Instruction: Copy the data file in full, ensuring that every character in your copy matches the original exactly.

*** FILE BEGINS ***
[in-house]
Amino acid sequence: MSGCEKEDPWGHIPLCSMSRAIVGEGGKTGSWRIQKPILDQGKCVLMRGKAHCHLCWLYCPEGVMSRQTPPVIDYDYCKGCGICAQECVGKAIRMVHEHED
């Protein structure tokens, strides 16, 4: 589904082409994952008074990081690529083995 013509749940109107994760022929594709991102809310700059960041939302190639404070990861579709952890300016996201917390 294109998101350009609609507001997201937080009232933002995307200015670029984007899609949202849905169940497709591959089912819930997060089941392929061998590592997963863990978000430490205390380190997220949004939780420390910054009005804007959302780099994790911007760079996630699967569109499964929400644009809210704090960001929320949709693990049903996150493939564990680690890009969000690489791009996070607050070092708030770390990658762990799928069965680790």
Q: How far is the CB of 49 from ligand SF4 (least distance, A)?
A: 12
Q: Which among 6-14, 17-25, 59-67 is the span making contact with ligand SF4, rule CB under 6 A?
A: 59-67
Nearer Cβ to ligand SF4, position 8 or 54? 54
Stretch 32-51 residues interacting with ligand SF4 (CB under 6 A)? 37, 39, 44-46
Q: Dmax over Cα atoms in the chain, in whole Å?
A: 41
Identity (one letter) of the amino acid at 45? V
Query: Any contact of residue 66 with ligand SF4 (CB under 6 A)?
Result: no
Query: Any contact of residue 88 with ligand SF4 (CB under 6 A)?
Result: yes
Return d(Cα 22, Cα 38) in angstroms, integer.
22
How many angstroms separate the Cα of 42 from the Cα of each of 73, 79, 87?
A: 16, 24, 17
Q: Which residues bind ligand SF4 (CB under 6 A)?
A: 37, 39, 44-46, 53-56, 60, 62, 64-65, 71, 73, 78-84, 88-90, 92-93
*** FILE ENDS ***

[in-house]
Amino acid sequence: MSGCEKEDPWGHIPLCSMSRAIVGEGGKTGSWRIQKPILDQGKCVLMRGKAHCHLCWLYCPEGVMSRQTPPVIDYDYCKGCGICAQECVGKAIRMVHEHED
């Protein structure tokens, strides 16, 4: 589904082409994952008074990081690529083995 013509749940109107994760022929594709991102809310700059960041939302190639404070990861579709952890300016996201917390 294109998101350009609609507001997201937080009232933002995307200015670029984007899609949202849905169940497709591959089912819930997060089941392929061998590592997963863990978000430490205390380190997220949004939780420390910054009005804007959302780099994790911007760079996630699967569109499964929400644009809210704090960001929320949709693990049903996150493939564990680690890009969000690489791009996070607050070092708030770390990658762990799928069965680790």
Q: How far is the CB of 49 from ligand SF4 (least distance, A)?
A: 12
Q: Which among 6-14, 17-25, 59-67 is the span making contact with ligand SF4, rule CB under 6 A?
A: 59-67
Nearer Cβ to ligand SF4, position 8 or 54? 54
Stretch 32-51 residues interacting with ligand SF4 (CB under 6 A)? 37, 39, 44-46
Q: Dmax over Cα atoms in the chain, in whole Å?
A: 41
Identity (one letter) of the amino acid at 45? V
Query: Any contact of residue 66 with ligand SF4 (CB under 6 A)?
Result: no
Query: Any contact of residue 88 with ligand SF4 (CB under 6 A)?
Result: yes
Return d(Cα 22, Cα 38) in angstroms, integer.
22
How many angstroms separate the Cα of 42 from the Cα of each of 73, 79, 87?
A: 16, 24, 17
Q: Which residues bind ligand SF4 (CB under 6 A)?
A: 37, 39, 44-46, 53-56, 60, 62, 64-65, 71, 73, 78-84, 88-90, 92-93